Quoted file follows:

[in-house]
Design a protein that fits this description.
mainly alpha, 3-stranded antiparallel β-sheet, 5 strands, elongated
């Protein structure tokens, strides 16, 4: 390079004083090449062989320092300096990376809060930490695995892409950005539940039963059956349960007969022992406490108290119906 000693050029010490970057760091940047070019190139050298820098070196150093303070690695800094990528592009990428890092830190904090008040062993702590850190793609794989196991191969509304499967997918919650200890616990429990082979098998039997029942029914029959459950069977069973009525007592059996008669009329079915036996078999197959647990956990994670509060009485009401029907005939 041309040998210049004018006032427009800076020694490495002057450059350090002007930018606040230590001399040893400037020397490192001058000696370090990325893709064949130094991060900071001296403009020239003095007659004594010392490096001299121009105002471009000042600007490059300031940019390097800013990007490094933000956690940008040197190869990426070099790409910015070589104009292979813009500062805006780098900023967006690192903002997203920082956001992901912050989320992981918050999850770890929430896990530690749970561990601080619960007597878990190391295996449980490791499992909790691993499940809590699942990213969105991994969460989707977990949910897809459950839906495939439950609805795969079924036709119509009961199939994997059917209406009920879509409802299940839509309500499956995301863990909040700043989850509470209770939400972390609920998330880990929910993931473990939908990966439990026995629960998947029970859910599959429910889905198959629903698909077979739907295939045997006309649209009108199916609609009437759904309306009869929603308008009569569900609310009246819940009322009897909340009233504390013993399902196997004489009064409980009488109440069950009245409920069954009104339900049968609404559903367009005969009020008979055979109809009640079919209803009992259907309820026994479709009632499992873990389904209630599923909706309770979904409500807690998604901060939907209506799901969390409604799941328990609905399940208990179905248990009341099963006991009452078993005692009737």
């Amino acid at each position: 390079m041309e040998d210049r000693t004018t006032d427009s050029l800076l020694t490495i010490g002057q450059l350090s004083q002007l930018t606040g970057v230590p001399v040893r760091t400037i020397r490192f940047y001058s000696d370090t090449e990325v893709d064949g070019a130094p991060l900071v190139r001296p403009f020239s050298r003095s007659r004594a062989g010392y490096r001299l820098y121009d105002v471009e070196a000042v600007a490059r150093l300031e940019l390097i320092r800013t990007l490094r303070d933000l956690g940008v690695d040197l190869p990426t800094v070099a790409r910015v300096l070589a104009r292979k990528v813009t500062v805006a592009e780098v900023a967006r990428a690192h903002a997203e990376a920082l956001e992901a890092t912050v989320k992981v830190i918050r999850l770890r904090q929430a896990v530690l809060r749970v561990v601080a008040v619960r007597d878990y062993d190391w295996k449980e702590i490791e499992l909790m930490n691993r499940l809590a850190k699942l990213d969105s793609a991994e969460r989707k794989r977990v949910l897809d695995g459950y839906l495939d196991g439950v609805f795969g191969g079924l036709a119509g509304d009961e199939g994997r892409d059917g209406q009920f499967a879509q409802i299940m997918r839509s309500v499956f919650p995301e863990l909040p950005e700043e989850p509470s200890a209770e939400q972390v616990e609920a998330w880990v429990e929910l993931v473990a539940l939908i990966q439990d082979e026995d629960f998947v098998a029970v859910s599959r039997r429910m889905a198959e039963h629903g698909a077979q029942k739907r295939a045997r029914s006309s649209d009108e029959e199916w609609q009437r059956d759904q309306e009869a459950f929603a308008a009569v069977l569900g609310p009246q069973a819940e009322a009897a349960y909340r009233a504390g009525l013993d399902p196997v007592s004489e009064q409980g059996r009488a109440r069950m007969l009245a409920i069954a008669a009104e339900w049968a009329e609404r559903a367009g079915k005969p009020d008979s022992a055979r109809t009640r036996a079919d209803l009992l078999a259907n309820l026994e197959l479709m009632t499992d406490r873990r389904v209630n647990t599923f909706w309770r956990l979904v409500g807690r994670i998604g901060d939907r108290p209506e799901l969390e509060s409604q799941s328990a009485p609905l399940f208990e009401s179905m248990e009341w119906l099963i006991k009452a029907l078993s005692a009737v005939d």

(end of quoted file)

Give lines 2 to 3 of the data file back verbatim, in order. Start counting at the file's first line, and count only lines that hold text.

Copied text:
Design a protein that fits this description.
mainly alpha, 3-stranded antiparallel β-sheet, 5 strands, elongated